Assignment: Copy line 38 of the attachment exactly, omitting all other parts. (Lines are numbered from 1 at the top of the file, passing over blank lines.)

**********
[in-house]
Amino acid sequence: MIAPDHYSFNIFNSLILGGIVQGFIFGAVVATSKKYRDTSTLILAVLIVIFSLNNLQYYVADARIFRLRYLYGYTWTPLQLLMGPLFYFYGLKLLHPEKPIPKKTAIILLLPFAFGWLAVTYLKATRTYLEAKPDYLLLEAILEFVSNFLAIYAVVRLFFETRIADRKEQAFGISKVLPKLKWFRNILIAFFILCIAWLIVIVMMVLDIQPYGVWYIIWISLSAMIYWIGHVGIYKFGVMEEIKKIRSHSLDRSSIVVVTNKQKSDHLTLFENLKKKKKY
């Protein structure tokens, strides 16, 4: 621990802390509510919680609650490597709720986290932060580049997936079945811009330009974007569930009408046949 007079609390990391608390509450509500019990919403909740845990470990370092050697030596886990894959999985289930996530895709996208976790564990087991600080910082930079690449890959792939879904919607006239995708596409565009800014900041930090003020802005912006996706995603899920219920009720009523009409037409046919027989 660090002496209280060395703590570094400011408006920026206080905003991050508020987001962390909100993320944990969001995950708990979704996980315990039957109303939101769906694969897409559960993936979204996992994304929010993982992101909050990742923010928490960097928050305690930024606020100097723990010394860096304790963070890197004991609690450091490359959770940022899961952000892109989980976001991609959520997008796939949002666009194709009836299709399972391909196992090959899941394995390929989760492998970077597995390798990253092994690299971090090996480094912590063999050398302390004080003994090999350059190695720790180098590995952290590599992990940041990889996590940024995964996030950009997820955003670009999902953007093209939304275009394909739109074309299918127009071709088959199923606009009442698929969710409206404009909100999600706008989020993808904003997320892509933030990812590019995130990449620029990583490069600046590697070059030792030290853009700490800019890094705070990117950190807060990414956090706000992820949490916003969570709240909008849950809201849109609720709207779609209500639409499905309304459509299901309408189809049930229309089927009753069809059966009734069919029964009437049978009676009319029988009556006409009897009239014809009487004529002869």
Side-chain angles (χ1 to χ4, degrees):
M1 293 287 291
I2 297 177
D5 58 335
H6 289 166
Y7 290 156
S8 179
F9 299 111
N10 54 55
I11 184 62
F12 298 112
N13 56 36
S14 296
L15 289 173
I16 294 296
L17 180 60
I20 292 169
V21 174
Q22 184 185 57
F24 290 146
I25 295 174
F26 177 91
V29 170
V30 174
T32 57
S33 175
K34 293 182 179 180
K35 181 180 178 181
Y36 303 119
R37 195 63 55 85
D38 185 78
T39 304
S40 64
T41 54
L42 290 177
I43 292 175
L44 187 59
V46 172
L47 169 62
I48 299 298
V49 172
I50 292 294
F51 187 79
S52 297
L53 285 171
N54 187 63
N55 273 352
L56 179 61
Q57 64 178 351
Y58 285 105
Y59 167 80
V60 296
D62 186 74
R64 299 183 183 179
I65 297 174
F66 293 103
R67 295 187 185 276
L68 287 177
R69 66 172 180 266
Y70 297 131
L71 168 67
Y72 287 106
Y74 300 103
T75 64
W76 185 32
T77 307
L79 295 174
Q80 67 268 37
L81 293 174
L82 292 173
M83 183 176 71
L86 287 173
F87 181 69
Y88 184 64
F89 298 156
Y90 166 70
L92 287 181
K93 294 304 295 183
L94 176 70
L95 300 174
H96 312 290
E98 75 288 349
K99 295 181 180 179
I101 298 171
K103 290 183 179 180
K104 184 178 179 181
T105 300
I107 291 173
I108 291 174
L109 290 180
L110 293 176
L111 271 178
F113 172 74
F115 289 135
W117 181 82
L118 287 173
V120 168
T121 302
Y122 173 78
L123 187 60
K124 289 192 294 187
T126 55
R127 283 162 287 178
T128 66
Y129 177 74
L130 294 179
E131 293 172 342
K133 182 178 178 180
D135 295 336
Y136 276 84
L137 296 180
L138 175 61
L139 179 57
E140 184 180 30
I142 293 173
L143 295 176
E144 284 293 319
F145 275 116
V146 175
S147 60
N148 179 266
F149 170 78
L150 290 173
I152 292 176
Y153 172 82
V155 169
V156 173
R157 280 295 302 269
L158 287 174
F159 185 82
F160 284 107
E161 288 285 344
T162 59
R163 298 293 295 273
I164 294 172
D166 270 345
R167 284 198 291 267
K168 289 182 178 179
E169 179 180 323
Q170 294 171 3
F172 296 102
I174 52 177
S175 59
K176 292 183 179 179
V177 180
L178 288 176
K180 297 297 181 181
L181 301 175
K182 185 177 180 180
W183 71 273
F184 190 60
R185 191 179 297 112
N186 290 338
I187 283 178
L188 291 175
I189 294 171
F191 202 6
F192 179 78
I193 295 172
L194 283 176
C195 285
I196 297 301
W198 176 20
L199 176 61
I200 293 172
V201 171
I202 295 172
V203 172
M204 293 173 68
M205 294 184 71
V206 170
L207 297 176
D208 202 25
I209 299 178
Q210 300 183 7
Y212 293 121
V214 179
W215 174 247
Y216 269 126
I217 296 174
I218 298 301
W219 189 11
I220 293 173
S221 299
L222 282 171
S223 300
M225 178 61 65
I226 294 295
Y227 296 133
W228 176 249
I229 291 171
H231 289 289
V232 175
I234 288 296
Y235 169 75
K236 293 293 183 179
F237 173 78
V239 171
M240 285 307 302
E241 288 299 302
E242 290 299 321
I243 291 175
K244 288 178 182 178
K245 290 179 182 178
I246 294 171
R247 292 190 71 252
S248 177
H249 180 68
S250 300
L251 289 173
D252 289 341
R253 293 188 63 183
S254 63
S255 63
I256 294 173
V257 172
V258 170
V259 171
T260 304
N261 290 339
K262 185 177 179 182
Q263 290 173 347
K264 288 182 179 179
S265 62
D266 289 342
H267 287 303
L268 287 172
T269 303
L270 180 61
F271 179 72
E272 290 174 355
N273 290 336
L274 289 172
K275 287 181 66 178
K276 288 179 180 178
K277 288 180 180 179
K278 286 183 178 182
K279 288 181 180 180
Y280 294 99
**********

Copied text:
L42 290 177